Brits heading to the Continent have been warned to look out for new speed restrictions as French authorities reveal cuts to limits on two-lane roads across the country.
A surge in road deaths has led to the new curbs on speed limits on roads popular with thousands of UK travellers visiting rural areas of France.
Here’s all you need to know about the new limits as you plan your trip to France and beyond.
Why are speed limits being cut?
Road deaths on French roads have soared to almost 3,500 during 2016, with 55 per cent of the fatalities occurring on two-lane routes without any separation between traffic.
These routes account for around 250,000 miles of the nation’s road network. They’re also the roads most commonly used by Brits heading off the motorways to explore rural areas of the country.
What are the new speed limits going to be?
The French Government has revealed it will be cutting limits on all the nation’s two-lane roads from 90km/h (56mph) to 80km/h (50mph).
Will the reduced limit also apply in wet weather driving conditions
This is not clear at the moment, but to work in the spirit of the cut, it is likely that in wet driving conditions, the speed limit will drop to 70km/h (43mph). New signage will confirm this at the time.
Current French speed limits
New French speed limits from July 1, 2018
Where will the new limits apply?
The new speed limits will apply on two-lane roads without central separation, where the limit is currently 90km/h. Other roads, such as dual carriageways and motorways where the dry weather limit is 130km/h, will not be subject to a reduced limit.
These secondary roads are, in effect, the French equivalent of A- and B-roads in the UK – excluding dual carriageways.
So – just to be clear – dual carriageway (2×2) roads will not face the new restriction?
That’s right. Even if these 2×2 roads don’t have a central barrier, they will not be subject to the lower speed limit.
When will the new speed limits come into force?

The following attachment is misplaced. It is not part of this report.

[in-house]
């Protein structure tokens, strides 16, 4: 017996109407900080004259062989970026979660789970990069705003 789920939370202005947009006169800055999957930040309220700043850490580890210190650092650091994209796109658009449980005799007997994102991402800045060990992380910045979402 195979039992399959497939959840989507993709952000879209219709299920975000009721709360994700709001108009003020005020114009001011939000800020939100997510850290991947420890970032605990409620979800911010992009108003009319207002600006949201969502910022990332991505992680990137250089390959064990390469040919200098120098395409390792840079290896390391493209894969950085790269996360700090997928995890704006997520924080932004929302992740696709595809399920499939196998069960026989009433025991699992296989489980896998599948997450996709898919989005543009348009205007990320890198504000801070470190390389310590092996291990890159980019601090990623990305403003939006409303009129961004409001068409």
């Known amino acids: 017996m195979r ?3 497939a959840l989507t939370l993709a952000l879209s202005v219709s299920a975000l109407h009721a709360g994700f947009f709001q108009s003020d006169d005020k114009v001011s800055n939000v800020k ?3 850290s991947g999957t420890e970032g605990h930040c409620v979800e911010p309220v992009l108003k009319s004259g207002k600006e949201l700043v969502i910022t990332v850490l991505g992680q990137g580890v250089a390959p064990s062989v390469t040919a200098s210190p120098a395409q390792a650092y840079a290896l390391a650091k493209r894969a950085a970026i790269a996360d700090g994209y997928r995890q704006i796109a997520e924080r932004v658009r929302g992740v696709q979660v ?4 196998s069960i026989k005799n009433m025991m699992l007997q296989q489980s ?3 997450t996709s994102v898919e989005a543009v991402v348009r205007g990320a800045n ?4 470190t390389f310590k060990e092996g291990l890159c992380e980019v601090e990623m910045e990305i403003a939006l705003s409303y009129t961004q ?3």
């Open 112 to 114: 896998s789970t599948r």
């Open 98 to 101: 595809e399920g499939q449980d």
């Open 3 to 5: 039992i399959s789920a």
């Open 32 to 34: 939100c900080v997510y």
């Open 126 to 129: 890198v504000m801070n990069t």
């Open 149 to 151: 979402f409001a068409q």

The cut in speed limit for two-lane roads that currently have a 90km/h limit will come into force on July 1, 2018 – just as Brits pour onto the Continent.
How will it impact on my journey?
In reality, most Brits will be using the bigger motorways or expressways as they surge towards warmer climes in central and southern France.
However, travellers will need to be extra vigilant as they join sections of local two-lane roads where the new limits are in force.
It’s likely these areas will face heavy enforcement as the new law comes into force.
What are the fines for Brits breaking the speed limit?
Drivers caught exceeding the new limits can expect an on-the-spot fine of at least €68 (£60), but this could technically rise to €750 (£650) if it goes to trial. Even if they’re not fined at the roadside, Brit offenders can still expect to pay for breaking the limit.
Prior to May 6, 2017, French authorities were unable to find out the registered keeper of Brit-registered vehicles, this is no longer the case.
Will British drivers get points on their licence if caught speeding?
No. Penalty points are not transferable or applicable for offences committed on foreign roads. This could change in the future, however.
What do the French public think about the cut?
It seems the indigenous population isn’t convinced by leaders’ motives in cutting the speed limit. A YouGov survey for the French news website 20minutes.fr, revealed that two out of three of those polled thought the change would not make roads safe and that it was more about raising revenue.
French authorities believe the 10km/h reduction on the two-lane roads could save up to 500 lives each year.
The French Prime Minister, Edouard Philippe, has said any excess revenue made from enforcement of the new restrictions will be used to support victims of road accidents.
Where can I read the full speech announcing this, made by the French Prime Minister?
Just head to the following link, then right-click and select translate to read the full speech giving reasons behind the change in speed limits.
Does everyone in power agree with the change?
It seems not. It’s been reported that French President Emmanuel Macron was opposed to the change in limits.
Anything else I need to know?
Yes. The French authorities are planning a crackdown on drivers using mobile phones. This could see with offenders having their licence suspended.
It’s not currently clear how this could be translated to British drivers who are caught using their mobile phone.
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